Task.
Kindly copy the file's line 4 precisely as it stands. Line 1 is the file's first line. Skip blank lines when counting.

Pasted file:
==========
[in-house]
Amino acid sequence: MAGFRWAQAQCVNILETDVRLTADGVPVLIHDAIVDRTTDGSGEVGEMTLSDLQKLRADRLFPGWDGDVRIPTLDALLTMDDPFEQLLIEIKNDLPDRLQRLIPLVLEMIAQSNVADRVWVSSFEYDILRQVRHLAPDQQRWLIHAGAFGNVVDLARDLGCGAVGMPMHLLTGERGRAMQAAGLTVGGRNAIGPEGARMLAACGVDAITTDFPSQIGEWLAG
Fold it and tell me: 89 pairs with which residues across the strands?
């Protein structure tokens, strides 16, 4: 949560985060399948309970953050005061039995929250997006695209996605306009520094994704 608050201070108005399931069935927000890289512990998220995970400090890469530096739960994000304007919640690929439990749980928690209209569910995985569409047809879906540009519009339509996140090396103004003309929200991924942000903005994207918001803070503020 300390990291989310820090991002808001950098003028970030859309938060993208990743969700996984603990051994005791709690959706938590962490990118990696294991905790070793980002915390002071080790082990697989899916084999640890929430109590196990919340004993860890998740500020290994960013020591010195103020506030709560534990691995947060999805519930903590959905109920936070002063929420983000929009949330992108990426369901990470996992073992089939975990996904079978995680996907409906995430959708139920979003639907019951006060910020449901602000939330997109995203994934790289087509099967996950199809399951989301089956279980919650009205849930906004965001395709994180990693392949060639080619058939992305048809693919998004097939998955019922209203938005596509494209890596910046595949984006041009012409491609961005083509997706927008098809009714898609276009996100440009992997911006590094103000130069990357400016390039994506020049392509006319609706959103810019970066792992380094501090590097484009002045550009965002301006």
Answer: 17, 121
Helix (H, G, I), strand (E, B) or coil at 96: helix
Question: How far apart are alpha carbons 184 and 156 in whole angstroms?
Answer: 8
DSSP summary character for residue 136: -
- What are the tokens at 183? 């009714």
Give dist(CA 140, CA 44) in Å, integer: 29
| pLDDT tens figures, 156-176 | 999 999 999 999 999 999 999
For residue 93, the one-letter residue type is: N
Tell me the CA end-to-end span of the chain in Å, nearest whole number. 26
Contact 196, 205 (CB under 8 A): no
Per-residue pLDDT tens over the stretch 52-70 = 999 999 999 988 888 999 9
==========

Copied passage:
């Protein structure tokens, strides 16, 4: 949560985060399948309970953050005061039995929250997006695209996605306009520094994704 608050201070108005399931069935927000890289512990998220995970400090890469530096739960994000304007919640690929439990749980928690209209569910995985569409047809879906540009519009339509996140090396103004003309929200991924942000903005994207918001803070503020 300390990291989310820090991002808001950098003028970030859309938060993208990743969700996984603990051994005791709690959706938590962490990118990696294991905790070793980002915390002071080790082990697989899916084999640890929430109590196990919340004993860890998740500020290994960013020591010195103020506030709560534990691995947060999805519930903590959905109920936070002063929420983000929009949330992108990426369901990470996992073992089939975990996904079978995680996907409906995430959708139920979003639907019951006060910020449901602000939330997109995203994934790289087509099967996950199809399951989301089956279980919650009205849930906004965001395709994180990693392949060639080619058939992305048809693919998004097939998955019922209203938005596509494209890596910046595949984006041009012409491609961005083509997706927008098809009714898609276009996100440009992997911006590094103000130069990357400016390039994506020049392509006319609706959103810019970066792992380094501090590097484009002045550009965002301006």